But for nearly everyone, it was a tightrope to walk. Even when you found a balance, you were still working at it. From partners to work and school demands to our own shifting senses of ourselves, nearly everyone seemed to have somewhere they were trying to get, some way they wanted to shift how much time they were getting alone vs with people.
Perhaps the most surprising thing to me was the number of introverts who, like me, didn't look like introverts.
More than a few introverts had bold personal styles - dyed hair, tattoos, a tendency for bright and striking fashion.
A significant number of also worked very extroverted, people-focused jobs. Among the readership, there are "hidden" introverts who are:
People talked about how they did the work because they believed in it, and they were good at it - but also how it drained them. How when they got home at night and on the weekends, they were done.
"I guess I don't really have an answer just some contradictions."
One of the themes that came through in so many messages was how our experiences defied simple explanation and categorization.
For many of us, our level of introversion and extroversion was connected to other factors - our jobs, families, cities, and the stages in our lives.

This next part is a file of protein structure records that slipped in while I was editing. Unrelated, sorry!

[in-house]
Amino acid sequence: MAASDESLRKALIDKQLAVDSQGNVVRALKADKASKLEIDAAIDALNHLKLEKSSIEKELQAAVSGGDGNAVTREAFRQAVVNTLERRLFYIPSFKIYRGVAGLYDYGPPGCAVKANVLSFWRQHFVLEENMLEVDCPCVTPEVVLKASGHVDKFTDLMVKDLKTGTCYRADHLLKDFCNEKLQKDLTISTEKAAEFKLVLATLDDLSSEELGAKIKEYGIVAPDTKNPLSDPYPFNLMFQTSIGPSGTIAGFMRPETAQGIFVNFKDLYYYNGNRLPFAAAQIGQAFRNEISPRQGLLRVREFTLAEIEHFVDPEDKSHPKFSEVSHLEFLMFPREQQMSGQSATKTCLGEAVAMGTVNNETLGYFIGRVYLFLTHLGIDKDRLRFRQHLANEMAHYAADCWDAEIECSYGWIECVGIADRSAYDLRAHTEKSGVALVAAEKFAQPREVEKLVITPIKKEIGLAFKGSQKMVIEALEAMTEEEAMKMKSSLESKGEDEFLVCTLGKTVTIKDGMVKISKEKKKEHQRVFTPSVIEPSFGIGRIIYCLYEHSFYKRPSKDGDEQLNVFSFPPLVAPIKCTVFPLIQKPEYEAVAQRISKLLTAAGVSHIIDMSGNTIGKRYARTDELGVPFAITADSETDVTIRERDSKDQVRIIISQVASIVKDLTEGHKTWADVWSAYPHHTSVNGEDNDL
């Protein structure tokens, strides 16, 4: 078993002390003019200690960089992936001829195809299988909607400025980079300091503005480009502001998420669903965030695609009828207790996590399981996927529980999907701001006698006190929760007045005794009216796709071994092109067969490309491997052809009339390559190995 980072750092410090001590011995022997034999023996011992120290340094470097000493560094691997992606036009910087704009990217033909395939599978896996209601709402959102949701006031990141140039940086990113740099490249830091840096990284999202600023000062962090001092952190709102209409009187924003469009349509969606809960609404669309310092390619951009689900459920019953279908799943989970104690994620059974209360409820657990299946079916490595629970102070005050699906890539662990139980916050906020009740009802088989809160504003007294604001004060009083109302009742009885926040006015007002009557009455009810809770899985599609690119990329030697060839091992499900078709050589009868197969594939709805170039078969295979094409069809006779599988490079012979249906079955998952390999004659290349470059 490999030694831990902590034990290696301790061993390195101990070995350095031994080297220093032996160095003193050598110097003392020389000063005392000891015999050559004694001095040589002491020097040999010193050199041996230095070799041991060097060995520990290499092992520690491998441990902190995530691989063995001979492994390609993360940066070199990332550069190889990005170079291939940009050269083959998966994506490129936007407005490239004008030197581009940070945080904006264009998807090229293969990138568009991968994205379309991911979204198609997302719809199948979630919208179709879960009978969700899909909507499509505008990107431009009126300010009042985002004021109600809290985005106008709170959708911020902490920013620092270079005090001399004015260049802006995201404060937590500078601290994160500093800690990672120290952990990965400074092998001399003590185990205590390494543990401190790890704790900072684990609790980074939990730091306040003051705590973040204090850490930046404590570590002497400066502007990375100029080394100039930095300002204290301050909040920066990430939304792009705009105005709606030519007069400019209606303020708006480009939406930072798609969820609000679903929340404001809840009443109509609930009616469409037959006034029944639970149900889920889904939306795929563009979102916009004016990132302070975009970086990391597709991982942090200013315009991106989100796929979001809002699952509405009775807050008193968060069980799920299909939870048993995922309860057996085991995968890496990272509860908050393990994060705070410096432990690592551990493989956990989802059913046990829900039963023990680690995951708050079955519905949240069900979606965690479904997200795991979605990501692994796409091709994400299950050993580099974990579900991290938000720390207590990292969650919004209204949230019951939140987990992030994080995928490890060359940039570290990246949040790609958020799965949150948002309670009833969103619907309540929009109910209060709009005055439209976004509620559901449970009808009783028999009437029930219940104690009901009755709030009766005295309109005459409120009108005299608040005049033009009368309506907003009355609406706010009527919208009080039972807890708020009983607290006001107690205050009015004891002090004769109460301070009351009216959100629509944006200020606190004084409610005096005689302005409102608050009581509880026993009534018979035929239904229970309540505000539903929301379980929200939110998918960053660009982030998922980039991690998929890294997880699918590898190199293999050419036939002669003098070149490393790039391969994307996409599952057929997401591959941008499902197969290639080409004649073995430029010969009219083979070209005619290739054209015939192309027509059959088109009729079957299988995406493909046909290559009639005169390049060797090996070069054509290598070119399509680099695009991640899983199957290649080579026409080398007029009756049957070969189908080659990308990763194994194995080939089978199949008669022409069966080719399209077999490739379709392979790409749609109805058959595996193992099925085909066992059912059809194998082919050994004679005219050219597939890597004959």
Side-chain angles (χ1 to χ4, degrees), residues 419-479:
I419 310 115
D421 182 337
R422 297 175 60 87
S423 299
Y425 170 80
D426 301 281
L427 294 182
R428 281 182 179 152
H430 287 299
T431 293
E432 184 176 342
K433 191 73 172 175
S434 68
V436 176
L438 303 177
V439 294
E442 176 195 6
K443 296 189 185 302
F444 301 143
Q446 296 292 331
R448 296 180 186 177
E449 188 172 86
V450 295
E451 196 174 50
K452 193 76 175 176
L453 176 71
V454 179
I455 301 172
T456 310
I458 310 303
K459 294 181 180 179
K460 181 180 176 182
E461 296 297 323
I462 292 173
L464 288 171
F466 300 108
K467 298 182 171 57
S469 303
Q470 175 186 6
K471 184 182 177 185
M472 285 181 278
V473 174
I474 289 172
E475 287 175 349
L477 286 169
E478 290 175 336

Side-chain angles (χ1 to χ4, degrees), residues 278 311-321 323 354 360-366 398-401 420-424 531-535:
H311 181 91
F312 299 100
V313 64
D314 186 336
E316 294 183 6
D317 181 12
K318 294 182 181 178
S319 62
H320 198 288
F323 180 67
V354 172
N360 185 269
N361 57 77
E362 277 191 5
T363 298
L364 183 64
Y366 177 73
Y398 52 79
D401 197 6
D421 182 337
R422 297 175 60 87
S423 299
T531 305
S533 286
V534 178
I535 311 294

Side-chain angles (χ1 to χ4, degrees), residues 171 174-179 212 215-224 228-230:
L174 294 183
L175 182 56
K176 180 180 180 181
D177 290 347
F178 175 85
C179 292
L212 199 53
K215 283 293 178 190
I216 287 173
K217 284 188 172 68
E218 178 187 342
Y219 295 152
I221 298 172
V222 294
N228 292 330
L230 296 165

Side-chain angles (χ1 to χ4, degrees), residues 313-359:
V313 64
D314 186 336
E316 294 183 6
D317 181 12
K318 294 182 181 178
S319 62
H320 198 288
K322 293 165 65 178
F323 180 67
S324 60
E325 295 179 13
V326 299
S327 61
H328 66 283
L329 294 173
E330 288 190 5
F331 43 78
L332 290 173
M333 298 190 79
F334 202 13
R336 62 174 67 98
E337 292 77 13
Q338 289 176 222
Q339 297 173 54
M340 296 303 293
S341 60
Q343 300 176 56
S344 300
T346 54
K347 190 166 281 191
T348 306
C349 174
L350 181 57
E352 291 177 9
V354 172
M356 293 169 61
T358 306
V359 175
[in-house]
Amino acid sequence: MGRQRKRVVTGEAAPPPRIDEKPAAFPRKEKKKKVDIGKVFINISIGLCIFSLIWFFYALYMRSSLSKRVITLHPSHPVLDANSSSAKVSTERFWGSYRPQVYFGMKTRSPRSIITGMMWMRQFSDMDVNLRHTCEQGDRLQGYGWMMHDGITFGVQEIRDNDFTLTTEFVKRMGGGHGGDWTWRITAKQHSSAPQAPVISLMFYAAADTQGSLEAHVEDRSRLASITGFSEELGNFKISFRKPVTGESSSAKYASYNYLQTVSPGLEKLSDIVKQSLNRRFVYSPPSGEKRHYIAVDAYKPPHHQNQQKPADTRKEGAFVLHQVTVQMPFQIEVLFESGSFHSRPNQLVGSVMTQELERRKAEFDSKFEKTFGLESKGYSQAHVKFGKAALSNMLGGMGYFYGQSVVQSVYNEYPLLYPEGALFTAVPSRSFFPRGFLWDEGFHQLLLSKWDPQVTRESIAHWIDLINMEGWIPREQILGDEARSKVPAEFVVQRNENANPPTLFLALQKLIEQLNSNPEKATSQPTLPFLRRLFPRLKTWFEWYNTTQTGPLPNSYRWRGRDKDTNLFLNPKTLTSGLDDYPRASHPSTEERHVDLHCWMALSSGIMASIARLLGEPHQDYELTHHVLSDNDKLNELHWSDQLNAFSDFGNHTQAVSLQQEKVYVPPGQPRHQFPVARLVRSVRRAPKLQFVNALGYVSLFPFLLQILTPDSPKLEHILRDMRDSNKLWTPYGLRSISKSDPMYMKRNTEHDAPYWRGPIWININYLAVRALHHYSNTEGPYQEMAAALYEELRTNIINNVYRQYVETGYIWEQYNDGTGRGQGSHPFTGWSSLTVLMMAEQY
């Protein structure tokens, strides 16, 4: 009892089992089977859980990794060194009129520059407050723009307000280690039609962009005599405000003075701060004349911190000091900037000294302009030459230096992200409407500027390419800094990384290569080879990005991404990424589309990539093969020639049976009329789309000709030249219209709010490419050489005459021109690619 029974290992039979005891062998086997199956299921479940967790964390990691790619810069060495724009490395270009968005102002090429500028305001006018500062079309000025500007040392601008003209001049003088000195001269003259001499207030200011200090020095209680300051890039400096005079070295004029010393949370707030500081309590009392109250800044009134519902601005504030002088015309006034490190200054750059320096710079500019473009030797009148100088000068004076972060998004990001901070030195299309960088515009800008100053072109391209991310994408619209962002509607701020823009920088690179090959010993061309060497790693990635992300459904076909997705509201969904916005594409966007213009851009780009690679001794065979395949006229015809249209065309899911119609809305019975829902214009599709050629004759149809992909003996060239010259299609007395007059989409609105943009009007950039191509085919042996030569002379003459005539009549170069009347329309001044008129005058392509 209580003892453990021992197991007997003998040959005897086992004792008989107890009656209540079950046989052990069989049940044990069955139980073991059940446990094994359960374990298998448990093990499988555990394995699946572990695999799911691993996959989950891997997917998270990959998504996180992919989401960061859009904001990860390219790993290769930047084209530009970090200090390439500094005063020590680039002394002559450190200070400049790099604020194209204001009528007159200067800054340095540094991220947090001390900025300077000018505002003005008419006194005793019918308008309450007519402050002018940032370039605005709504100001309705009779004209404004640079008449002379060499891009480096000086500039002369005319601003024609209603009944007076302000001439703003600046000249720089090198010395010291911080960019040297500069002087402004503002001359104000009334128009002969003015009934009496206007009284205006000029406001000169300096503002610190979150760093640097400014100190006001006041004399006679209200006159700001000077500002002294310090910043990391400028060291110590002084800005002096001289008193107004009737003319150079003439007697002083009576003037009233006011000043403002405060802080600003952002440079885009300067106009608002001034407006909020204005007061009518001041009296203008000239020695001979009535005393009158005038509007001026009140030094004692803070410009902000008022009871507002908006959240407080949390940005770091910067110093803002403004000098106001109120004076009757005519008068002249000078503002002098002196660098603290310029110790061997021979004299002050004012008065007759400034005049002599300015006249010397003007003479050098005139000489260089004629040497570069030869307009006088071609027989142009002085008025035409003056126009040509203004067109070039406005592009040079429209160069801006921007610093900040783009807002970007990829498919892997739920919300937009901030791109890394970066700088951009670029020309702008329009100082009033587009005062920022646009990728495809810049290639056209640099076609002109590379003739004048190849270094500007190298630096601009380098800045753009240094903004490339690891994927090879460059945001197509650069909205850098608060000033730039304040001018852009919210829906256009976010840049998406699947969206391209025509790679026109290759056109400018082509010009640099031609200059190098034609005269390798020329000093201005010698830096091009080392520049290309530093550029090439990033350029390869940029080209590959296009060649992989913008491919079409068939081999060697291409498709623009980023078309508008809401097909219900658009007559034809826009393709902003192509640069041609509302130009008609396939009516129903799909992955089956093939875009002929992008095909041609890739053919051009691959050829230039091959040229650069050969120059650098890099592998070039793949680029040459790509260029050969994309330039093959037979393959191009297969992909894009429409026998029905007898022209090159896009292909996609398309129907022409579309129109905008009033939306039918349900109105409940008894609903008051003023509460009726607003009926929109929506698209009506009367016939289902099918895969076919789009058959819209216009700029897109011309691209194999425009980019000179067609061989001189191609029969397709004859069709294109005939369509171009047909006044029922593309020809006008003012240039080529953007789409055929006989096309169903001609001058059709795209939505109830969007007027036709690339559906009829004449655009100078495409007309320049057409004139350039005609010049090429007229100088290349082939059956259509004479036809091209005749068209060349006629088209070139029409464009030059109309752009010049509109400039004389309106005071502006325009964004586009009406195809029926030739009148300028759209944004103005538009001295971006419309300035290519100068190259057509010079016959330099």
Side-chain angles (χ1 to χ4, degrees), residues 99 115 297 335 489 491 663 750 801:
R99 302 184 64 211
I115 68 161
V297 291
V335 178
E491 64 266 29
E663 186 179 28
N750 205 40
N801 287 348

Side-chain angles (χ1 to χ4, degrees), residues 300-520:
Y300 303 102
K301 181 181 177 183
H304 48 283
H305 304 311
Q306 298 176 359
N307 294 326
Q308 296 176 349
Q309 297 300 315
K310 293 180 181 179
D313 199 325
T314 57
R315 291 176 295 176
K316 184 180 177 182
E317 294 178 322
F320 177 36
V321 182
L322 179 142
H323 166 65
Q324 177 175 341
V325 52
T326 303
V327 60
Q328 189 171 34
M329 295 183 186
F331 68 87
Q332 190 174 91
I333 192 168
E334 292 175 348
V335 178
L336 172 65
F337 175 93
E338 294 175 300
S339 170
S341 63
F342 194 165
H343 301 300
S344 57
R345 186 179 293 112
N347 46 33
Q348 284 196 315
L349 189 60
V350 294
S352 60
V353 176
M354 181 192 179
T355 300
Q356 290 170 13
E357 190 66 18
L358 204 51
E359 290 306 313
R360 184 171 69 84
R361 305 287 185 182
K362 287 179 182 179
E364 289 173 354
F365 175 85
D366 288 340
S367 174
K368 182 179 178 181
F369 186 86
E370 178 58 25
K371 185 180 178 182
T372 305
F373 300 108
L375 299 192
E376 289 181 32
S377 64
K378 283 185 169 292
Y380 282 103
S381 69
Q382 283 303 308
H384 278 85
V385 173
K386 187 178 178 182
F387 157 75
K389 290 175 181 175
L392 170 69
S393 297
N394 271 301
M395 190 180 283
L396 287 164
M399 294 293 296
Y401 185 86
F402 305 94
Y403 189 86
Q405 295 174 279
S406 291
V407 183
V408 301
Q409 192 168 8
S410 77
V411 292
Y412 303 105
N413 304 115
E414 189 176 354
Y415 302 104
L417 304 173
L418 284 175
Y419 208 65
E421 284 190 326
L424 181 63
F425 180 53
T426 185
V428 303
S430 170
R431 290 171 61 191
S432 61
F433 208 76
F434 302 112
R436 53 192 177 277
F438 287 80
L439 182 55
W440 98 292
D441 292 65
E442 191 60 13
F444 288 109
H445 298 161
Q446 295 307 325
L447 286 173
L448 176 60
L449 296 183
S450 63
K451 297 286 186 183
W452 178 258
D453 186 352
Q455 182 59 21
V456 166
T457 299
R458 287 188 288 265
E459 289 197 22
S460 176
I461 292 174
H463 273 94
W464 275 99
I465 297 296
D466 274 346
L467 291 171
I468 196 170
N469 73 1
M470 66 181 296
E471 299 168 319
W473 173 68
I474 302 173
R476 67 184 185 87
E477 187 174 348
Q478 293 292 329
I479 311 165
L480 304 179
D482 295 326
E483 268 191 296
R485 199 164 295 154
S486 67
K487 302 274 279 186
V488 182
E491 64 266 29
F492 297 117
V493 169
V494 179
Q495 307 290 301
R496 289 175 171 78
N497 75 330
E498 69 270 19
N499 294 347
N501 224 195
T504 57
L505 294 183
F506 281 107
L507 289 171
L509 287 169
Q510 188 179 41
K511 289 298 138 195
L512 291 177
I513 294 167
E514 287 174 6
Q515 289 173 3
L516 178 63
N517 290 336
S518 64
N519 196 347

So many of you shared stories of having periods of life where you needed more social interactions than you were getting, followed by a big change like becoming a parent, moving to a new city, or changing jobs - and then finding that you needed the exact opposite thing.
A few also talked about the interactions between other people and our own identities - especially in the long course of life, where we rarely stay the same people for more than a decade. New people and social groups helped us define ourselves in our new cities, new roles as parents (or not), and new jobs.
With these new personalities came new needs, even though at the core - we still felt like the same us.
Complicating matters more, a sizable group also noted how they would often experience the need for connection and space at the same time.
In the words of S, "This past weekend we spent some time with friends and we were there for about 6 hours and after about 3 hours I could feel myself wanting to get away, and I love these people!!! They are the most laid back, easy, non judgmental people, but I was ready to go."
Another reader shared:
"If i'm getting enough sleep, exercising, and taking care of my mental health, a weekend trip with my close friends is the best thing in the world. But if I am not, even a skype session with a close friend feels like a chore."